The Chinese chronicle Hou Han Shu recorded that, in the reign of the Emperor Ling Ti (168-189 AD), the sky was for many days ‘as red as blood’.  This reference is corroborated by a Roman document, the Historia Augusta, which reports that some time before the Deserters’ War (186 AD) the sky was seen to ‘burst into flame’.  Another historian of the Roman era, Herodian, lists strange portents seen in the reign of the Emperor Commodus (180-192 AD):  ‘Stars remained visible by day, and others became elongated, seeming to hand in mid-air.’

Such celestial displays could be consistent with the aftereffects of a massive volcanic eruption.  The only eruption known to have occurred on such a scale at about that time is that of the Taupō rhyolitic vent.  This explosion, possibly the most powerful and destructive anywhere on Earth in the past 5000 years, emerged from the crater now known as Lake Taupō in the centre of the North Island of New Zealand.  It was almost ten times as powerful as the better-known Krakatoa eruption in 1883 and is likely to have sent tsunami radiating into the Pacific, over-running low-lying islands and reaching the mainlands of Asia and America . . .

Carbon dating of the bones of kiore, the Polynesian rat, suggests that the creature may have become established in New Zealand as long as 2000 years ago.  The contemporary decline of birds — the owlette-nightjar, for example, and one species of duck — appears to support the presence of rats at that time.  Should these dates be confirmed and the supporting evidence verified, they would support an irrefutable argument in favour of an early Polynesian landing on the coast of New Zealand.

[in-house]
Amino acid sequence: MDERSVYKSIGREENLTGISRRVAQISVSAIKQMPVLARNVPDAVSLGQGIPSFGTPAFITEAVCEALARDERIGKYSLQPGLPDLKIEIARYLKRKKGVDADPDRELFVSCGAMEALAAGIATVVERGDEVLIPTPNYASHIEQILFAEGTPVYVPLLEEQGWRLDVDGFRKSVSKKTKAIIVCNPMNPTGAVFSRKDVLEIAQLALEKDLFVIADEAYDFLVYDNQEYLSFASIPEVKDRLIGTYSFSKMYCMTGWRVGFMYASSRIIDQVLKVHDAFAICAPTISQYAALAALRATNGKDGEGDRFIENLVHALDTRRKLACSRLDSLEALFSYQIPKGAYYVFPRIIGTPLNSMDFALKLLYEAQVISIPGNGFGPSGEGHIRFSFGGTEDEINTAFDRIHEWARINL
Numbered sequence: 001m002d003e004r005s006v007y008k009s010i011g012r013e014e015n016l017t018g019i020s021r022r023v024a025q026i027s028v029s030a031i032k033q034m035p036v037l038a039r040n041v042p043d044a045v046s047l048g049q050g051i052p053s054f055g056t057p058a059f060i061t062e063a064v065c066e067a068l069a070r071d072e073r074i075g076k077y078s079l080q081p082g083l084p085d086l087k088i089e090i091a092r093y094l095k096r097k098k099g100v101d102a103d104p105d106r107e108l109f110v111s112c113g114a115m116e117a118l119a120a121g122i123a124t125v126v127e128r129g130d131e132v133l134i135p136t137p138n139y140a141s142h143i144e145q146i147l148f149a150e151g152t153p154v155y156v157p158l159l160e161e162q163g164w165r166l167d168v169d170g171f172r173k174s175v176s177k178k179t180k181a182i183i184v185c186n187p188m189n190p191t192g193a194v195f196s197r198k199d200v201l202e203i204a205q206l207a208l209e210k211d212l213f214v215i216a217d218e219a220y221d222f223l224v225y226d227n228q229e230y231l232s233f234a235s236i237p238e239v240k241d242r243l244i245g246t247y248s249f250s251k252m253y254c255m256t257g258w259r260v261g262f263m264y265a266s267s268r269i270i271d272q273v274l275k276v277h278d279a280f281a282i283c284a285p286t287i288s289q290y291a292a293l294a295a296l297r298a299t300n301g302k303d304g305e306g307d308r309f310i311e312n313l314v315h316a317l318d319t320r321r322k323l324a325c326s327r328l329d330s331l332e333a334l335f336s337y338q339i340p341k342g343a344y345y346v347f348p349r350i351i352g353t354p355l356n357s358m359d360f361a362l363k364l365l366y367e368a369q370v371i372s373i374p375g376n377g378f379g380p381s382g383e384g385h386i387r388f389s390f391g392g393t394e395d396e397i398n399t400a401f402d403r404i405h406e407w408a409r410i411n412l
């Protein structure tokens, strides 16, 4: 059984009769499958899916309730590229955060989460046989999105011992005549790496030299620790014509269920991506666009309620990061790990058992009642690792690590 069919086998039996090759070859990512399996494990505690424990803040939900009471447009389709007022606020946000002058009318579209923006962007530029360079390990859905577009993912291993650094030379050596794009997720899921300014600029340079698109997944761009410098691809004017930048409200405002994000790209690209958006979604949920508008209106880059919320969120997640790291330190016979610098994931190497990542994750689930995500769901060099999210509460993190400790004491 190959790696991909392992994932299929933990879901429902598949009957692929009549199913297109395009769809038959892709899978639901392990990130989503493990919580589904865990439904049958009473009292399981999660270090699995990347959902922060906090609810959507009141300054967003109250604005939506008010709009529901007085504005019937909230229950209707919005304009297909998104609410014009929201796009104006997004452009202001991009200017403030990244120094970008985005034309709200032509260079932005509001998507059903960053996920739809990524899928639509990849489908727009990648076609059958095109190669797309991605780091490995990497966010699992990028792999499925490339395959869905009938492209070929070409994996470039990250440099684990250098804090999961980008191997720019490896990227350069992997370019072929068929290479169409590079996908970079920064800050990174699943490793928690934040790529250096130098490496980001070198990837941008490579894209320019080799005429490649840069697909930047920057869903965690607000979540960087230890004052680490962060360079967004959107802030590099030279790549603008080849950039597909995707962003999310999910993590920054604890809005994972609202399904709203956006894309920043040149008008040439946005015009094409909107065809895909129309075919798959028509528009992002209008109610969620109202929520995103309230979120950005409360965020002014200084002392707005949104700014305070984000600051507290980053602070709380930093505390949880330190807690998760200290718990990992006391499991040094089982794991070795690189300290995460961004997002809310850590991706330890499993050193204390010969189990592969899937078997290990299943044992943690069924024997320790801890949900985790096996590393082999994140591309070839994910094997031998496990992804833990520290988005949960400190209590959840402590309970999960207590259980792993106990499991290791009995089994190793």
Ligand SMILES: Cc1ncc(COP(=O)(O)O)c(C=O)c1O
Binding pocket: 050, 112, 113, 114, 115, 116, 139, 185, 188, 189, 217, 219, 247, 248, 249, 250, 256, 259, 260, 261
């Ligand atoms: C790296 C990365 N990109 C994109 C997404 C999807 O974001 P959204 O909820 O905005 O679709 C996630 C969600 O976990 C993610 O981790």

The only means of transport available to kiore was Polynesian vessels.  The rats’ presence in the country so far ahead of organised human settlement, for which there is as yet no evidence, suggests that a discovering canoe landed in both the North and South Islands around 2000 years ago and then headed back to Island Polynesia, or that the occupants of a canoe remained somewhere in New Zealand at that time but failed, because of low numbers, single gender or lack of adequate resources, to establishing a continuing colonising population.  A third possibility is that a small founding group abandoned the country or was wiped out because of some unexpected natural disaster, such as the catastrophic effects of the Taupō eruption.

The inescapable fact remains, however, that to date no direct evidence has been found of a human occupation of New Zealand — no hearth fires, no tools, no human remains or the remains of creatures butchered by humans — earlier than the thirteenth century AD. . . .

[A] fragment of the supercontinent of Gondwana became the islands of New Zealand, which humankind began to colonise around 800 years ago.  (5-7)

The islands of New Zealand apparently represent the last land mass on Earth to have been occupied by human beings.

USSR League of Militant Atheists card
A membership card from the “League of Militant Atheists” in the old Union of Soviet Socialist Republics

As is my frequent custom, I close with some selected abominations from the Christopher Hitchens Memorial “How Religion Poisons Everything” File™:

“Volunteering at Transitional Services Offers Relief and Fulfillment for Cancer Patient: Working at Deseret Industries and then Transitional Services helps woman during her journey”

“How JustServe Helps Utah Valley Residents Come Together to Serve Those in Need: Youth, families and people of various faiths are using JustServe to serve with their communities”

“California High School JustServe Club Strives to Draw Community Closer: Teenage siblings show others how service connects people”

There is, however, light at the end of the tunnel; there are grounds for hope that such horrors will eventually come to a long-overdue end:  “Religious ‘Nones’ Now Outnumber All Individual Religious Cohorts, Outpacing Catholics and Evangelicals”